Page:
Michael Lonnon

What is a company that’s using data well look like? How does it change their processes and engagement with customers?

Natalie Brooks

If they’re using data well, they can drive insights from that data to structure how they create these products, how they create the services, how they get those products and services to market. Can they do it quicker than anybody else essentially. So, speed to market becomes quite a big thing but also how do you serve your customers or clients as clients are your investors. How do you keep your investor or client based intact given the market and competition, but how do you grow it as well? Speed to market helps with that, being able to get the insights of what you’re doing right, what you’re doing wrong, what’s been spoken about within the market and reacting to it in a timely manner all helps drive engagement and makes these organisations be on the cutting edge, as opposed to lagging behind.

Michael Lonnon

I guess, then, as you spoke about earlier, residing on legacy systems and siloed point solutions, makes it a challenge to monetise data and create that more compelling customer experience. So how are capital market organisations dealing with this problem?

Natalie Brooks

Well, essentially, there’s a couple of things. It’s using technology to solve some of these problems that they’ve got data and analytics is one of them. That’s one of the pillars. If you get your data and analytics, right, you’ve got a foundation for setting up other things. Then the other question is cloud computing adoption. A couple of years ago, capital markets maybe wasn’t in favour of going cloud, that is changing and as the vendors are trying to enable it more. Microsoft opened up the Swiss datacentre earlier this year and late last year to alleviate fears from Swiss banks of where data lives. And it’s not just good enough with Swiss data laws to have it within Europe, it’s got to be within the borders of Switzerland. So creating the Swiss datacentre to alleviate those fears of the fact that your data, if you do put it in the cloud, whether it private or public, is not going to leave the borders of Switzerland. There’s a lot being done to enable organisations to adopt and embrace Cloud technologies, looking at cloud computing from an infrastructure as a service, platform as a service or software as a service model as to how they can reduce maintenance costs for their old systems and migrate them to newer technology, within the vendors platforms.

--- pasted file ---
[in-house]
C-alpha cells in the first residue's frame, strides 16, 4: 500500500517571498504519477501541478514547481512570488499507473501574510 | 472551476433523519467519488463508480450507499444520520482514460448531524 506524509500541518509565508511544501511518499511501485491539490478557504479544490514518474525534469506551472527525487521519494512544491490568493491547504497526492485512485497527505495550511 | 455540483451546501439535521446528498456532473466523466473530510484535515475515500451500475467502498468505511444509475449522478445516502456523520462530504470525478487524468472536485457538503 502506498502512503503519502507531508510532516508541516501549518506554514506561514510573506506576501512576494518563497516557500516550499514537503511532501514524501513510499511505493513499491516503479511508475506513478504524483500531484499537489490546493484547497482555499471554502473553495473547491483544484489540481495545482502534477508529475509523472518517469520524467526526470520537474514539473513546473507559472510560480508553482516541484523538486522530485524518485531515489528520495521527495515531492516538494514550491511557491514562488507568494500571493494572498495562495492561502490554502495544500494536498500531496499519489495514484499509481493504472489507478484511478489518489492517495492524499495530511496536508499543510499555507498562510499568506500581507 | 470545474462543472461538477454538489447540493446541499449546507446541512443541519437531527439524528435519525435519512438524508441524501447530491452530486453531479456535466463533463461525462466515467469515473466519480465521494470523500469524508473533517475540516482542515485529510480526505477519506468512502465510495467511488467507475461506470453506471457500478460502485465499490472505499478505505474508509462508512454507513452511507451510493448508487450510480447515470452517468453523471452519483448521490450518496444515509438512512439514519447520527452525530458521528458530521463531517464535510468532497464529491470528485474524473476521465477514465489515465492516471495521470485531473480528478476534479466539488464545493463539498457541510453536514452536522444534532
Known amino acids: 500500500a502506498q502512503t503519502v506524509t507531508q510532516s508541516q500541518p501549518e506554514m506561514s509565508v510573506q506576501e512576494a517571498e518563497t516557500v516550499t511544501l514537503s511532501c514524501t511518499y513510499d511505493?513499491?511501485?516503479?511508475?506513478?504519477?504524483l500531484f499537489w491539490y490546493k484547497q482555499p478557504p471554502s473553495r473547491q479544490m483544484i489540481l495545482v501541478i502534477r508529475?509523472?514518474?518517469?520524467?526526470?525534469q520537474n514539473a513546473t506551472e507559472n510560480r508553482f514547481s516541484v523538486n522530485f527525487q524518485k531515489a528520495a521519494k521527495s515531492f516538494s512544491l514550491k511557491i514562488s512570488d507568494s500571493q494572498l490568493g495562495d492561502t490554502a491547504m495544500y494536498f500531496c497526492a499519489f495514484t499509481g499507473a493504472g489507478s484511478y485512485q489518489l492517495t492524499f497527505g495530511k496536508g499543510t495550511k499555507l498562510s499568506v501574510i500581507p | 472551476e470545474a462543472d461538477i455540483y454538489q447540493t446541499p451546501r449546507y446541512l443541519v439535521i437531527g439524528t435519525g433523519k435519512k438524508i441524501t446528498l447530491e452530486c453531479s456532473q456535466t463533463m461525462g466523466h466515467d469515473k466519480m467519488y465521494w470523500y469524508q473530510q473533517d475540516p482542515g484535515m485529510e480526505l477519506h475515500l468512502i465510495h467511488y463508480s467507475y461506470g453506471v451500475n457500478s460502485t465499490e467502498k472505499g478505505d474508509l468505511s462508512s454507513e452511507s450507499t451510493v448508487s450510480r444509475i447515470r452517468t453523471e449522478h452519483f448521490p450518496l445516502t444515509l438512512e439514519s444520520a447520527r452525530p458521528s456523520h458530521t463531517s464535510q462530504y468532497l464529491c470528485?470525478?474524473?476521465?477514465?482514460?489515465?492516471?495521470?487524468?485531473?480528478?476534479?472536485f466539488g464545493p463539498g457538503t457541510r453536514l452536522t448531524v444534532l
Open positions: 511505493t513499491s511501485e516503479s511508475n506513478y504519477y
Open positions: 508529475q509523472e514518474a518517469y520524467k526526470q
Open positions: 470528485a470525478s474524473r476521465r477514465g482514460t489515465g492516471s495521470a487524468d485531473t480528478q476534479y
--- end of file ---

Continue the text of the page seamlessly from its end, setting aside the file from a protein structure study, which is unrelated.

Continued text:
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Michael Lonnon

So, there is appetite to change and to adopt new technology, as long as it’s done in the right way and conforms to the regulations and the structure they must operate to?

Natalie Brooks

Absolutely. So comply to regulatory laws but also make sure that security is there, that your data is secure, and keeping up with the trends of keeping it secure. It helps with being on these platforms, because it’s inherent, within Microsoft’s platform or even power platform, security is key and it’s up to date based on what’s happening within the digital world today. So, we can get the benefits of that.

Michael Lonnon

I guess then moving on to these newer platforms opens up capabilities and gives Capital Market organisations the flexibility to create new, more agile applications and deliver quicker, more modern services than perhaps they can at the moment?

Natalie Brooks